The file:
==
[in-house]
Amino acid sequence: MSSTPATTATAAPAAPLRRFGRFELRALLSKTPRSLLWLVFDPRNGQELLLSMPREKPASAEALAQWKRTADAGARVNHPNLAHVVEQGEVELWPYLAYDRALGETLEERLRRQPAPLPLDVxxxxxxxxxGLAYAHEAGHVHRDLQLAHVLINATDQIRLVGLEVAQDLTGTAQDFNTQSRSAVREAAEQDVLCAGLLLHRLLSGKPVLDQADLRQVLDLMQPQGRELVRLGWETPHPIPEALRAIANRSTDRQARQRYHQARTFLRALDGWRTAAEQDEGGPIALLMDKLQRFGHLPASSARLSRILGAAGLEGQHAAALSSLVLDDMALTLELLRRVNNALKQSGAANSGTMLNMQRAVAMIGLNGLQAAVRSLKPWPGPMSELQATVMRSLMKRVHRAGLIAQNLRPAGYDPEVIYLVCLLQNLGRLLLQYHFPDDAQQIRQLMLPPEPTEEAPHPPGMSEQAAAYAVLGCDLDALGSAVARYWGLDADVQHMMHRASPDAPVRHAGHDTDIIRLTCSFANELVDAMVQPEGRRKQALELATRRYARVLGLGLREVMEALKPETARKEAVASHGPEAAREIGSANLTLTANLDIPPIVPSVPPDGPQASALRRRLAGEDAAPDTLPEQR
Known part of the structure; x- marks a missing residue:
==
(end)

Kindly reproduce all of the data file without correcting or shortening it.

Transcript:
[in-house]
Amino acid sequence: MSSTPATTATAAPAAPLRRFGRFELRALLSKTPRSLLWLVFDPRNGQELLLSMPREKPASAEALAQWKRTADAGARVNHPNLAHVVEQGEVELWPYLAYDRALGETLEERLRRQPAPLPLDVxxxxxxxxxGLAYAHEAGHVHRDLQLAHVLINATDQIRLVGLEVAQDLTGTAQDFNTQSRSAVREAAEQDVLCAGLLLHRLLSGKPVLDQADLRQVLDLMQPQGRELVRLGWETPHPIPEALRAIANRSTDRQARQRYHQARTFLRALDGWRTAAEQDEGGPIALLMDKLQRFGHLPASSARLSRILGAAGLEGQHAAALSSLVLDDMALTLELLRRVNNALKQSGAANSGTMLNMQRAVAMIGLNGLQAAVRSLKPWPGPMSELQATVMRSLMKRVHRAGLIAQNLRPAGYDPEVIYLVCLLQNLGRLLLQYHFPDDAQQIRQLMLPPEPTEEAPHPPGMSEQAAAYAVLGCDLDALGSAVARYWGLDADVQHMMHRASPDAPVRHAGHDTDIIRLTCSFANELVDAMVQPEGRRKQALELATRRYARVLGLGLREVMEALKPETARKEAVASHGPEAAREIGSANLTLTANLDIPPIVPSVPPDGPQASALRRRLAGEDAAPDTLPEQR
Known part of the structure; x- marks a missing residue: